I applied my knowledge to the care of my husband, providing him with the twenty-four-hour attention that he required. Unfortunately, stress and improper diet took its toll, and I was diagnosed with Lupus in 1991.
Being such an intimate witness to the struggle of life and death left me with a deep sense of human fragility. I realized that the human body is incredibly delicate and complex. Working closely with doctors, studying medical texts and nursing both my own illness and my husband gave me my first taste of medicine. During the next few years, I began studying nutrition and non-traditional medicine, as well, in the hope that I could find the answer to our medical problems.
I soon learned that the maintenance of health depends as much upon the promotion of wellness as it does upon the combating of disease. My parents had never taught us to eat a healthy and balanced diet, and this contributed much to my health problems. Eventually, through a combination of nutritional & herbal supplements and dietary and lifestyle changes, I was able to wean myself from a diet of prescriptions and gradually find balance in my health. Unfortunately, these supplements and dietary changes did nothing to lessen the ravages of Andrew’s schizophrenia. Conventional medicine, with the invention of new psychotropic medications, finally started stabilizing his illness, giving me the freedom to work outside the home.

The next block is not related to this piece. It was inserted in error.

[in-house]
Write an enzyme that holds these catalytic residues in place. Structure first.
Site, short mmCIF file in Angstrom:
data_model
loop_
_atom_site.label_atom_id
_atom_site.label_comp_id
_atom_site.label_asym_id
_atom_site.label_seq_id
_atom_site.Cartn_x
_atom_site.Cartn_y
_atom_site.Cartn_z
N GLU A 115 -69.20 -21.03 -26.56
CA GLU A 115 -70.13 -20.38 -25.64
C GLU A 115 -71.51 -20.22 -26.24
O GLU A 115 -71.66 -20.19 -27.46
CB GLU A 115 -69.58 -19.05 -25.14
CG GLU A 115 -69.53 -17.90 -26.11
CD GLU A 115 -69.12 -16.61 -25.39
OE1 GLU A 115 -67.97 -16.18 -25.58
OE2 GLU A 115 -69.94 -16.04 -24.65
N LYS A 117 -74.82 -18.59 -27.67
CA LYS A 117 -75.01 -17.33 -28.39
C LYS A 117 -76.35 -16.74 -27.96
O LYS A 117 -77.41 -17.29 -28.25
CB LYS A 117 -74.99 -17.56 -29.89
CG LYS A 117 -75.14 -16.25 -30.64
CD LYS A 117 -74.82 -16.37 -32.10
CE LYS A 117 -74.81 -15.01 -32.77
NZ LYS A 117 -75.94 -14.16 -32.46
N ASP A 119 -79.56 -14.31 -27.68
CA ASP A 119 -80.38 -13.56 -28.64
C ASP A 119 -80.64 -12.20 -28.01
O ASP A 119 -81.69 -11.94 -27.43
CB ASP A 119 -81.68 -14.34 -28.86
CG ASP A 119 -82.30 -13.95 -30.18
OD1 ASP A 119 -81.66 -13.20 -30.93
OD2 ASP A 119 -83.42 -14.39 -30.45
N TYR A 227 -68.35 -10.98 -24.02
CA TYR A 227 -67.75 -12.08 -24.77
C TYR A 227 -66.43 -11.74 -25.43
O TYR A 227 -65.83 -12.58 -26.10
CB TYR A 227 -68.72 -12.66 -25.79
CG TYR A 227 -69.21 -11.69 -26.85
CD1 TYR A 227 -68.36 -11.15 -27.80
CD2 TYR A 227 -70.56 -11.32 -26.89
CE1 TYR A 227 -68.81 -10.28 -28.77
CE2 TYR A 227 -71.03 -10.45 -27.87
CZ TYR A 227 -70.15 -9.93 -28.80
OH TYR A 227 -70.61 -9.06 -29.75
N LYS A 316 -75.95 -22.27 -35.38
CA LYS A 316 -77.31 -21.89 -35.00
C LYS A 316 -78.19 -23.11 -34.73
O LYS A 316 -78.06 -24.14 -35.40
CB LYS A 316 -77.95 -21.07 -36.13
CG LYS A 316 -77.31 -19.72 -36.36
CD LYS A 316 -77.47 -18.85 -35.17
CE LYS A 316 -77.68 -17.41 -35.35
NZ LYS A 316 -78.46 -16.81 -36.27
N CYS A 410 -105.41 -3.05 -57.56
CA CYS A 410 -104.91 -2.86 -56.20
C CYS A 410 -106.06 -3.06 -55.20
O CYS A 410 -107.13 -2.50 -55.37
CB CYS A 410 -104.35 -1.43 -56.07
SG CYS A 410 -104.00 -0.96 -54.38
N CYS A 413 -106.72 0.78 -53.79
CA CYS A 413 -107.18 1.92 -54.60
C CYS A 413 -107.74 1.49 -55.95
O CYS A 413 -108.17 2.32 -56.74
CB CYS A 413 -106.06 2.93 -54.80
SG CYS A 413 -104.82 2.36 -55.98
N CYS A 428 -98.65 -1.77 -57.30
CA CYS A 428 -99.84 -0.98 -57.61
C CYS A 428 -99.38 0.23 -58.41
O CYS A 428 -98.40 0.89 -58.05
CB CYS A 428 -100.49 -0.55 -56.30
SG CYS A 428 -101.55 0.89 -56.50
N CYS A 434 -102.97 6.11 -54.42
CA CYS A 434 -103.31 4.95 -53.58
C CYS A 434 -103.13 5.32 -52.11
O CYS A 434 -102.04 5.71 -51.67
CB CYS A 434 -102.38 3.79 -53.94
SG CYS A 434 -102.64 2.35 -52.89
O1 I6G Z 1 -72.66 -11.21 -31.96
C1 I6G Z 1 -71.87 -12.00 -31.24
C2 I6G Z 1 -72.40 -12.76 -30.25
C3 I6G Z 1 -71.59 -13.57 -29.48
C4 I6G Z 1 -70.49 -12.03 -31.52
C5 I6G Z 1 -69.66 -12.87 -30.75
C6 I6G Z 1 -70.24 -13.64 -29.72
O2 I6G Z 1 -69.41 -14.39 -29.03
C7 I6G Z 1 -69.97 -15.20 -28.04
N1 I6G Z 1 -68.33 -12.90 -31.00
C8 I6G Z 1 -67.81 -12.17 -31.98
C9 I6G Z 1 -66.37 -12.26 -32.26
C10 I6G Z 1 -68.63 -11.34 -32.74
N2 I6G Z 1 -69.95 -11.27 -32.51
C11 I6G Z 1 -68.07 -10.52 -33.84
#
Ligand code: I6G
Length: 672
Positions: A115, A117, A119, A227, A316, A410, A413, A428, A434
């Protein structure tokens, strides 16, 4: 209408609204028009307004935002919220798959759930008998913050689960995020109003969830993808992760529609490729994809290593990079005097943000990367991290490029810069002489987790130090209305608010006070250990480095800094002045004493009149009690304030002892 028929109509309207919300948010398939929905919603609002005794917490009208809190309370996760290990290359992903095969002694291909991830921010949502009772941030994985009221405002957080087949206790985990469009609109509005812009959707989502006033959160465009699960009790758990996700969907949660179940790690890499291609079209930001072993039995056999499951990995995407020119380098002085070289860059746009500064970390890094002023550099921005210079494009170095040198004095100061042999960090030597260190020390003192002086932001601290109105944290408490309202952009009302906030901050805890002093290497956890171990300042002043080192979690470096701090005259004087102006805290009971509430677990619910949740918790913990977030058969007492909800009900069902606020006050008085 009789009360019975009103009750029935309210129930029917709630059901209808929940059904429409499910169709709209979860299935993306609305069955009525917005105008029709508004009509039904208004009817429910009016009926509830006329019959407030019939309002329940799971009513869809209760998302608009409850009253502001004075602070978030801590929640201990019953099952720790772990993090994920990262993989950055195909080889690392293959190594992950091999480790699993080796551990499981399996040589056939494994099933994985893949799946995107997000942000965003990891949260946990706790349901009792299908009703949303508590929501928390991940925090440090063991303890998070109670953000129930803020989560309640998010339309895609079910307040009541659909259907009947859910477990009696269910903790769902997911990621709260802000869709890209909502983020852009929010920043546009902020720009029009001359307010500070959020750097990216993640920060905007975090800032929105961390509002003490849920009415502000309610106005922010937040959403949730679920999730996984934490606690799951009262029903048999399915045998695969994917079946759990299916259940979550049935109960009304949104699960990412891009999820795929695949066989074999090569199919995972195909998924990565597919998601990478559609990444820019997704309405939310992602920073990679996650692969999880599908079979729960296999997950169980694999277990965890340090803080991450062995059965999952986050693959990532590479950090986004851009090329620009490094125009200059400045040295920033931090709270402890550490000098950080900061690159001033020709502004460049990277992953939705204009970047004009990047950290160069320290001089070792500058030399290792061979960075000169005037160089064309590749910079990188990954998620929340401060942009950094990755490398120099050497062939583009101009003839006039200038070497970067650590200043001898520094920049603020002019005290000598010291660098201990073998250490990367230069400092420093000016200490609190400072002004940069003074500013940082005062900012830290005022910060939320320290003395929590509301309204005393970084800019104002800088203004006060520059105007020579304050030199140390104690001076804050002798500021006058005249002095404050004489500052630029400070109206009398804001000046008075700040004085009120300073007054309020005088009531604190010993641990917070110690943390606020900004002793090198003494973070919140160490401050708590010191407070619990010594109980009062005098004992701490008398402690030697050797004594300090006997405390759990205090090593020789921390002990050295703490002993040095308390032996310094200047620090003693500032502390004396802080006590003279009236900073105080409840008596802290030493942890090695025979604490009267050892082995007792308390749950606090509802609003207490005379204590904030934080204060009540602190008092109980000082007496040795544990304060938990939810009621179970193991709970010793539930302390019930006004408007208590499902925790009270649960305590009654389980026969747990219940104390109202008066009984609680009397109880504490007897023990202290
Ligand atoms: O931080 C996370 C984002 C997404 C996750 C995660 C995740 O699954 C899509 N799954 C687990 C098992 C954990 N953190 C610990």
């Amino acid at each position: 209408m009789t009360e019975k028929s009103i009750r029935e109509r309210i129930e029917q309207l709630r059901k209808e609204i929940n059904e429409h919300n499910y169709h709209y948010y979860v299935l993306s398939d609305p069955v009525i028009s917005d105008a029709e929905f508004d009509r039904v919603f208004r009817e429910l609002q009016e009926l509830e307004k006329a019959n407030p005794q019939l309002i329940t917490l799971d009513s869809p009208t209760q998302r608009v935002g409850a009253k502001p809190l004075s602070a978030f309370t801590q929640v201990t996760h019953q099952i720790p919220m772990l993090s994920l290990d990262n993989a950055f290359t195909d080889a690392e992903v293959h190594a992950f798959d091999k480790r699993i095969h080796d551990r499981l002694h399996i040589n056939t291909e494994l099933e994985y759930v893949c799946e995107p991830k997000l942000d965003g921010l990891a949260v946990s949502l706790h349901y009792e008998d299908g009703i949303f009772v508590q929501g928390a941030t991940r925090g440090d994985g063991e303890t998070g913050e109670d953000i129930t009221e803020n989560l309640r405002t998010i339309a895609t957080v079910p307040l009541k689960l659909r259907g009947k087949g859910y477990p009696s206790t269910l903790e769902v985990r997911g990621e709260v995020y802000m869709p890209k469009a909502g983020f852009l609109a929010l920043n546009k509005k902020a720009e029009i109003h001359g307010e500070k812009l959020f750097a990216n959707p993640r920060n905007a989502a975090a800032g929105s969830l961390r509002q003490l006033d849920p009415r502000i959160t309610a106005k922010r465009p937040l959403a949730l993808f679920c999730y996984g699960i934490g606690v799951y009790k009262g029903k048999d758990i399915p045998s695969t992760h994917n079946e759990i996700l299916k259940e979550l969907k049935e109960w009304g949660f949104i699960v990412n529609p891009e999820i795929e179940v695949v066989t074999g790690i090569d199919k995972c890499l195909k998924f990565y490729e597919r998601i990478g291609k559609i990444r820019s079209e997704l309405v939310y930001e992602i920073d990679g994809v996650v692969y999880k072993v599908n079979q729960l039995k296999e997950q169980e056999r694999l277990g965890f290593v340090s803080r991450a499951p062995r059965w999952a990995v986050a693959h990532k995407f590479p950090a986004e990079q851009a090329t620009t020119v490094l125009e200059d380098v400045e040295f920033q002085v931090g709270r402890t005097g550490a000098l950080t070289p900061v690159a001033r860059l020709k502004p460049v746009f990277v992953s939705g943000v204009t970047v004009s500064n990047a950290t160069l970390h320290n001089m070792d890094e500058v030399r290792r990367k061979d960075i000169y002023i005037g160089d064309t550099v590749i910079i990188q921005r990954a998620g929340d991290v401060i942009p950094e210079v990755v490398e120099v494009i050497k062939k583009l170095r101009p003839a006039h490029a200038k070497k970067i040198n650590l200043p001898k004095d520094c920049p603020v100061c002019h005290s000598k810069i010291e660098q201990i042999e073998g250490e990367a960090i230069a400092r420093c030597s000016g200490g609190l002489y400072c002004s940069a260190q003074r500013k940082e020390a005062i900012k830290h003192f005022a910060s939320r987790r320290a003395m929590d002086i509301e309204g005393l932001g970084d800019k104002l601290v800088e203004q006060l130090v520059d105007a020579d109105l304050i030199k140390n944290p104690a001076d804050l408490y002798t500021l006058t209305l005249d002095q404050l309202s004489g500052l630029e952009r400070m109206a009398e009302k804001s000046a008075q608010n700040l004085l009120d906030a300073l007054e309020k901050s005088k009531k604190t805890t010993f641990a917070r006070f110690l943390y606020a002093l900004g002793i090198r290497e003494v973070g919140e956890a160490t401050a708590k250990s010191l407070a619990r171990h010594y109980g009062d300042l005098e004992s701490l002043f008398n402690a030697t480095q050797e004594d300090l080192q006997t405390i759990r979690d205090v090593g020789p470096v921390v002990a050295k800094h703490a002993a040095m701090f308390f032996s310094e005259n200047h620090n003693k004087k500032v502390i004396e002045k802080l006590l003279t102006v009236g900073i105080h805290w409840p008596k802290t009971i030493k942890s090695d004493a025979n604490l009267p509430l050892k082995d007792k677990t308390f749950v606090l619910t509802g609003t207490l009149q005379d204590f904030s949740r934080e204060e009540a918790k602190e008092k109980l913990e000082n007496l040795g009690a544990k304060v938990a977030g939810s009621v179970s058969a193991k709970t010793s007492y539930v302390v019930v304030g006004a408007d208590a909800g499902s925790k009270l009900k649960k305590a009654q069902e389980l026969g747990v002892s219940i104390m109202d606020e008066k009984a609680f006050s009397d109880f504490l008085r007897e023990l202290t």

Eventually, in 1995, I opened a health food store, Nature’s Nook, in Wautoma, Wisconsin. As a business owner, I entered a new world of innovative ideas and responsibility. Running the store taught me valuable lessons in “people-pleasing,” and I gained the confidence to excel as a businesswoman. I also devoted much time and effort to educating my customers about nutrition. My life was finally beginning to stabilize, and I decided that the time had come to think about the dream of formal education that had arisen during my illness. I began taking a course in clinical nutrition from the American Health Science University.
In 1999, the highway road construction in Wautoma destroyed my business. After over a year of losing ninety percent of my sales, I feared that I could not rebuild the business. I had hoped to move my store to Wausau, the only well-populated area without a health food store, but two other stores moved into that area at the same time. With great sadness, I closed the doors and began working at the Wautoma Care Center as Director of Patient Accounts. Just two years later, the Care Center closed its doors, and a week later my husband, Andrew, was killed in a car accident.